A report in the Journal of Anthropological Archaeology shows ancient Puebloan Indians, also called Anasazi, practiced cannibalism, a claim seen as taboo by many.
The original findings were made in 2005, but were only publicised recently, due partially to the sensitivities involved. Archaeologists first noted possible evidence of the practice in 1969.
The bone fragments date to around 800 A.D., which falls under the Pueblo I era, the earliest of the periods of Puebloan civilisation. The fragments are believed to be the remains of 35 individuals. Jim Potter, the principal investigator at the Ridges Basin site near Durango, in the US state of Colorado, said:
“There was evidence of breaking and cutting off flesh, cooking and pulverizing.”
Archaeological excavations are required by US federal law which calls for the creation of a record when a key archaeological site is disturbed. Potter says there is no doubt about the existence of cannibalism, but the challenge is to understand why it occurred. All the remains are from the same pit. He said:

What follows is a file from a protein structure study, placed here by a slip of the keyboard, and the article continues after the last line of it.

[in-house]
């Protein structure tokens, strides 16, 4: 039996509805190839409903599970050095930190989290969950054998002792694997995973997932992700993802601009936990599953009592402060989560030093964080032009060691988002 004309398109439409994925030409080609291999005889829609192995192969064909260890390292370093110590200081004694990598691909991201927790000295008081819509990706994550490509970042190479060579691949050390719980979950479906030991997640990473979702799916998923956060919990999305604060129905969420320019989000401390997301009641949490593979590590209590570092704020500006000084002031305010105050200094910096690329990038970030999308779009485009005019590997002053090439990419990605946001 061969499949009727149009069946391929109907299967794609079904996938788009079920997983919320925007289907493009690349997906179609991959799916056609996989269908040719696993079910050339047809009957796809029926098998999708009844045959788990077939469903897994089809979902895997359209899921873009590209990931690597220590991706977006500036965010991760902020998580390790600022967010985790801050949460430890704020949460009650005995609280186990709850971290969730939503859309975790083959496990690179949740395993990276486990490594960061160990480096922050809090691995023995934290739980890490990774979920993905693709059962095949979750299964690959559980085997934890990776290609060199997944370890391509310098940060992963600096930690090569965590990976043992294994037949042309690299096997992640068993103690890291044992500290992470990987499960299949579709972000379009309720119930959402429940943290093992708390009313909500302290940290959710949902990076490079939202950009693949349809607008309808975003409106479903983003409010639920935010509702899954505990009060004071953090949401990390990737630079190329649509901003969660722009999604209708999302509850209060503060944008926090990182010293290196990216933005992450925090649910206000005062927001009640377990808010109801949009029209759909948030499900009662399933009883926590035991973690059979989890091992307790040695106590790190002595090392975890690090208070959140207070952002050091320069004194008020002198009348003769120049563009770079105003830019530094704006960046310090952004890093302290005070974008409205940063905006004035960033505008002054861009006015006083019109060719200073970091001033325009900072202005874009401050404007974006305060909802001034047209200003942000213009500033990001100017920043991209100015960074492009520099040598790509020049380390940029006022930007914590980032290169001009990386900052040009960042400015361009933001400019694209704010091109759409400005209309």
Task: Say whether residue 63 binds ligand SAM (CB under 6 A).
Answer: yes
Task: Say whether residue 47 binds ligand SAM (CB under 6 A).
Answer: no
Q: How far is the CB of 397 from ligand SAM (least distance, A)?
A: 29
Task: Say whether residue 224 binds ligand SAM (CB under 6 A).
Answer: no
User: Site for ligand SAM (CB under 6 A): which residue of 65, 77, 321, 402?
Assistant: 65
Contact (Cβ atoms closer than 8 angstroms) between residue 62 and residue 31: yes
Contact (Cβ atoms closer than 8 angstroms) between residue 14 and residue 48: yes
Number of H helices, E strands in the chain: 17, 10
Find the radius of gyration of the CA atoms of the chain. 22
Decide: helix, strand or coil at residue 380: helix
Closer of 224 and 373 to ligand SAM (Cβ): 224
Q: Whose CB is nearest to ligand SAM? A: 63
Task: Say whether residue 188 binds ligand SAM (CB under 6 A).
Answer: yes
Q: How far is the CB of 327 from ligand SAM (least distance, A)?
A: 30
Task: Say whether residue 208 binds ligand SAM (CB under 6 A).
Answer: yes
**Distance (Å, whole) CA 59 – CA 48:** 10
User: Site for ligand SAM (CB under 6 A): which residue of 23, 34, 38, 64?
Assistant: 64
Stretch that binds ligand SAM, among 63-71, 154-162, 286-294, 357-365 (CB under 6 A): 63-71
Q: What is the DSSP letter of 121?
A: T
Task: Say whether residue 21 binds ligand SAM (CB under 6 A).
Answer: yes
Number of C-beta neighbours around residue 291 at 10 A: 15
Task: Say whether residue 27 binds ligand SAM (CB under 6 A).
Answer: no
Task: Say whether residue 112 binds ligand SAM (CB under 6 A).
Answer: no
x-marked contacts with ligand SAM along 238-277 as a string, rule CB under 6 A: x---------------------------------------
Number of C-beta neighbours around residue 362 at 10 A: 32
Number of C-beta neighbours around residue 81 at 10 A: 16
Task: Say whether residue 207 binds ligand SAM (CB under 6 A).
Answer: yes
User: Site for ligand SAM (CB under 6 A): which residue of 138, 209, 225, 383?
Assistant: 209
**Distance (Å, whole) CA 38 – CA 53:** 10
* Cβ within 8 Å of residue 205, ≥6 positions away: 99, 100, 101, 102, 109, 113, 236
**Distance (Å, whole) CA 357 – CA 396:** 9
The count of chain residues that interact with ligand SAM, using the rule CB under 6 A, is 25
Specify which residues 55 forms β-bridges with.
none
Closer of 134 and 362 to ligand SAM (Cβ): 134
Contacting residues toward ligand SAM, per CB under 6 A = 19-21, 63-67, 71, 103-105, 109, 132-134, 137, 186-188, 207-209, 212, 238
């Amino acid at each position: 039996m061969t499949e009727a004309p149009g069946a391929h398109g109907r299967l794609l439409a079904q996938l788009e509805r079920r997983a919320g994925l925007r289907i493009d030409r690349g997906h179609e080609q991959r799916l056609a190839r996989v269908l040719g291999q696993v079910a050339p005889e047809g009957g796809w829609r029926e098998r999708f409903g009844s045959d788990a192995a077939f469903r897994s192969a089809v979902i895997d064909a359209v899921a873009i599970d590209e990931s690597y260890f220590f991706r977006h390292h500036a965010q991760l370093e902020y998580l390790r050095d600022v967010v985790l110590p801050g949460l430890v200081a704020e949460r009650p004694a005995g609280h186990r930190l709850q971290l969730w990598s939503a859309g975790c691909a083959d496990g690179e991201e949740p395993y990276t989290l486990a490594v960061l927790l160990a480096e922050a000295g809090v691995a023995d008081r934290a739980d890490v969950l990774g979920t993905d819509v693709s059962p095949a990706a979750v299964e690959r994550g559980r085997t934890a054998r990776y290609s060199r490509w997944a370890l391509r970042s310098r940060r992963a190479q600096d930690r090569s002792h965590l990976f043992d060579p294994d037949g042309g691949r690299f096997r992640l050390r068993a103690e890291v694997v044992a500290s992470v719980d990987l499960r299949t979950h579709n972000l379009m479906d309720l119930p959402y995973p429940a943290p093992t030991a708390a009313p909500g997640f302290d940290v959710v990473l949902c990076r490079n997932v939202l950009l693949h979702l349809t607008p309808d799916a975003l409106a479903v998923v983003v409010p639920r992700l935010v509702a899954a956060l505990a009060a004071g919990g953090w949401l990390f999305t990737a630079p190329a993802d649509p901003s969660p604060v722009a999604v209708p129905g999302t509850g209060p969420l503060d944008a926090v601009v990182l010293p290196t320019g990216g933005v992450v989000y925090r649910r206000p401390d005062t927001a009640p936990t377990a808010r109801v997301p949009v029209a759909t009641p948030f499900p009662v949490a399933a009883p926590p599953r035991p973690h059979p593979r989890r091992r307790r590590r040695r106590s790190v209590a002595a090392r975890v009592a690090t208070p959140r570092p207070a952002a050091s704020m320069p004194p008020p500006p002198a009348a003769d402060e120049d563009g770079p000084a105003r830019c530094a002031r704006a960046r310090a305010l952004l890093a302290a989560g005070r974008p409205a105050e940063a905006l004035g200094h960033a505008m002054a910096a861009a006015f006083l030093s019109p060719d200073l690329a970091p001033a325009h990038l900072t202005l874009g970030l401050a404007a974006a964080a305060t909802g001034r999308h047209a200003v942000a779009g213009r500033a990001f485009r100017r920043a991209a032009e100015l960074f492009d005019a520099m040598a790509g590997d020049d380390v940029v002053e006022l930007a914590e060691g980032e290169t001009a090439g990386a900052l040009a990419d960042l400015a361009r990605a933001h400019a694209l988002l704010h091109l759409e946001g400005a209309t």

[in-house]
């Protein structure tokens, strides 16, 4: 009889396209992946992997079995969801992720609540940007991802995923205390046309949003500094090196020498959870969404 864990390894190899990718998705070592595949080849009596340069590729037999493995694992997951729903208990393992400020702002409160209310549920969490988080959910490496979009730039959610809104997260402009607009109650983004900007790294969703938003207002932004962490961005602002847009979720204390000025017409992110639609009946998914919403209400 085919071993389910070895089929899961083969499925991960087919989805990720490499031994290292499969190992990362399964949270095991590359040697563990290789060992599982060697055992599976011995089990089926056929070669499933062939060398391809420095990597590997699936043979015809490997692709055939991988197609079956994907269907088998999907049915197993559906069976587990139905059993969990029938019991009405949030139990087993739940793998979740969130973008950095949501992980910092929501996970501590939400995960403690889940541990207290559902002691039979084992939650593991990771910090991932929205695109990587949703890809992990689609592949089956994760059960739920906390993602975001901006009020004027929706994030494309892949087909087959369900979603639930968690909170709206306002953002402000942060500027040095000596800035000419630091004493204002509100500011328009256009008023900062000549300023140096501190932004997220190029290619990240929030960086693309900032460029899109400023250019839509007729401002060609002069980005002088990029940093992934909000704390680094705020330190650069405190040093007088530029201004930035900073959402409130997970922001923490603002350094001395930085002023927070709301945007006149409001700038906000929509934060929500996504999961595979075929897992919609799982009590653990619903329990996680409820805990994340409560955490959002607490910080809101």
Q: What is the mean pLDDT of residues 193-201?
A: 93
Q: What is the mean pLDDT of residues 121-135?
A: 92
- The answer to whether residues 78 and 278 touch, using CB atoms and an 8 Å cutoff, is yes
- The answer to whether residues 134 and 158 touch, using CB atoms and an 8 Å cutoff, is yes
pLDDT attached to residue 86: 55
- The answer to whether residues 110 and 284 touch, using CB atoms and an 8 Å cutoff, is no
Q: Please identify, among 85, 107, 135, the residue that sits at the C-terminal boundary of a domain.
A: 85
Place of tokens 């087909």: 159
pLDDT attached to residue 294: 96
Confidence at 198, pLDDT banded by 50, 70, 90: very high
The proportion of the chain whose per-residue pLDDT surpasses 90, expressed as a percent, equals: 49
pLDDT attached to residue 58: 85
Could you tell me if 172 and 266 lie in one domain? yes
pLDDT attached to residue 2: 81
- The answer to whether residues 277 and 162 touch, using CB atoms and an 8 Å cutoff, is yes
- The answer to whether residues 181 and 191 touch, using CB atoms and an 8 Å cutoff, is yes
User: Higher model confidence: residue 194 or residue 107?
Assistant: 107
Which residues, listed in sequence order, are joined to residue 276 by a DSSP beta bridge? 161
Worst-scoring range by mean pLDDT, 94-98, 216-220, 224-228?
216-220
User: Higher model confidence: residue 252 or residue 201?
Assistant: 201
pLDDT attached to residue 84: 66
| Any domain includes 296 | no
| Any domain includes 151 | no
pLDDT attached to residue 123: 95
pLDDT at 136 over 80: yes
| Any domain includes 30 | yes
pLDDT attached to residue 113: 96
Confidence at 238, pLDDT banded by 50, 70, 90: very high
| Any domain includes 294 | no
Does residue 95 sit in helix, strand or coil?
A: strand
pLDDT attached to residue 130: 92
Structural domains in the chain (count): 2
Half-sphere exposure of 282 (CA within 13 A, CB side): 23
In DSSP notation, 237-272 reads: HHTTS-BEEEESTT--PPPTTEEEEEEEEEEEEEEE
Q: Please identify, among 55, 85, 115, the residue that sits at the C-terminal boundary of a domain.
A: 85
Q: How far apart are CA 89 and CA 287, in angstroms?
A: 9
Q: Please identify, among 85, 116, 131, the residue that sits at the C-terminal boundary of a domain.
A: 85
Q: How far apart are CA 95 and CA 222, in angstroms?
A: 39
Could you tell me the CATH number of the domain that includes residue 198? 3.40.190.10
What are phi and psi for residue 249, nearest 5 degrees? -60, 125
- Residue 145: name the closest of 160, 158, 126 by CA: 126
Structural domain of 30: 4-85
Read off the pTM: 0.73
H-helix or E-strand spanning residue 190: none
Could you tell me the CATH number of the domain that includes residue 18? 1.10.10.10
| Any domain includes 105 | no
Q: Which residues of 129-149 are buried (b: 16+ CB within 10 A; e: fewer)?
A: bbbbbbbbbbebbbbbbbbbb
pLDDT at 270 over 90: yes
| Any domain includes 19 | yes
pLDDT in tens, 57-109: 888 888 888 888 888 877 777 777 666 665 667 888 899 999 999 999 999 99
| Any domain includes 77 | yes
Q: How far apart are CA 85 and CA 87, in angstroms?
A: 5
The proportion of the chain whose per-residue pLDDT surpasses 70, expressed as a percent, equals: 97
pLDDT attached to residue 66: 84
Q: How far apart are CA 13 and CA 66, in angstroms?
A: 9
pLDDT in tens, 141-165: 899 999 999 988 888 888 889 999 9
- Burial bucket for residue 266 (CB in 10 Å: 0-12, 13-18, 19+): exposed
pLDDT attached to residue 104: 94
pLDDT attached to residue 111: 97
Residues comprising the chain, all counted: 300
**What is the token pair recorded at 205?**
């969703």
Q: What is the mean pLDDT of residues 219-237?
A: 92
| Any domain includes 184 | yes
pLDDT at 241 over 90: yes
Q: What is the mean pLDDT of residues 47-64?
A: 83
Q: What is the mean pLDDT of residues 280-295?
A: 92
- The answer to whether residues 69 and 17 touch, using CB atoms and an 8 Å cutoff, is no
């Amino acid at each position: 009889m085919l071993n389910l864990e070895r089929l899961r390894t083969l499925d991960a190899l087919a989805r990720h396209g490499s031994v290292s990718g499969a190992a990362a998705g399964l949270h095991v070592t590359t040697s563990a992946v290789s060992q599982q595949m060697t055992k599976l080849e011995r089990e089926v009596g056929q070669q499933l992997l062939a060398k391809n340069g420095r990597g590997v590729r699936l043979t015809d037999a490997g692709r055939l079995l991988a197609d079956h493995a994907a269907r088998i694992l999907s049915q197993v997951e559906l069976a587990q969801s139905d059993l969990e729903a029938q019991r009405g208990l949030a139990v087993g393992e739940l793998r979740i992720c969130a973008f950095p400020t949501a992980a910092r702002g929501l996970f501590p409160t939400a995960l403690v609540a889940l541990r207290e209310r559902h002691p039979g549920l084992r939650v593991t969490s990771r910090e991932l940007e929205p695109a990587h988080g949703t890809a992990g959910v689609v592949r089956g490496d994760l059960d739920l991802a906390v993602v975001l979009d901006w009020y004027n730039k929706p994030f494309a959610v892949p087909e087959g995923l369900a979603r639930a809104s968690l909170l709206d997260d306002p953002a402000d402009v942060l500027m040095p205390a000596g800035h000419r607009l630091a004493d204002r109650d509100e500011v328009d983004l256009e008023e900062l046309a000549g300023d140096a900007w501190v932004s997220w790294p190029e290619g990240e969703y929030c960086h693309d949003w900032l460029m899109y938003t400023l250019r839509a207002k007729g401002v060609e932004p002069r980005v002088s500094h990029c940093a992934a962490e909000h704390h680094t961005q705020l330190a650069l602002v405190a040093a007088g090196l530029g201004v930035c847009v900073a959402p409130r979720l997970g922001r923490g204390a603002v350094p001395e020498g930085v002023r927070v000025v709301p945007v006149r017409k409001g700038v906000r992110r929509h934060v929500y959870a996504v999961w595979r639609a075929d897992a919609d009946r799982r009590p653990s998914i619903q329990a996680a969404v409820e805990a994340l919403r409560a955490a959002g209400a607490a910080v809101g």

“We know these sites are out there, and these events occurred. Now we need to know why and when these events occurred. We’ve got the forensics down.”
Analysis of the bone fragments showed the victims were related and from a nearby settlement. Potter explained:
“I think it was ethnic conflict. They were neighbours. It’s what you see now in Rwanda. Why do people treat neighbours this way? If you can create an ideology of ‘the others,’ it can be a powerful thing.”
Contrary to many depictions of the Anasazi as peaceful farmers, Potter said:
“It was not an idyllic period where you hunt and kill a bunny, then sit around a campfire and sing ‘Kumbaya.’”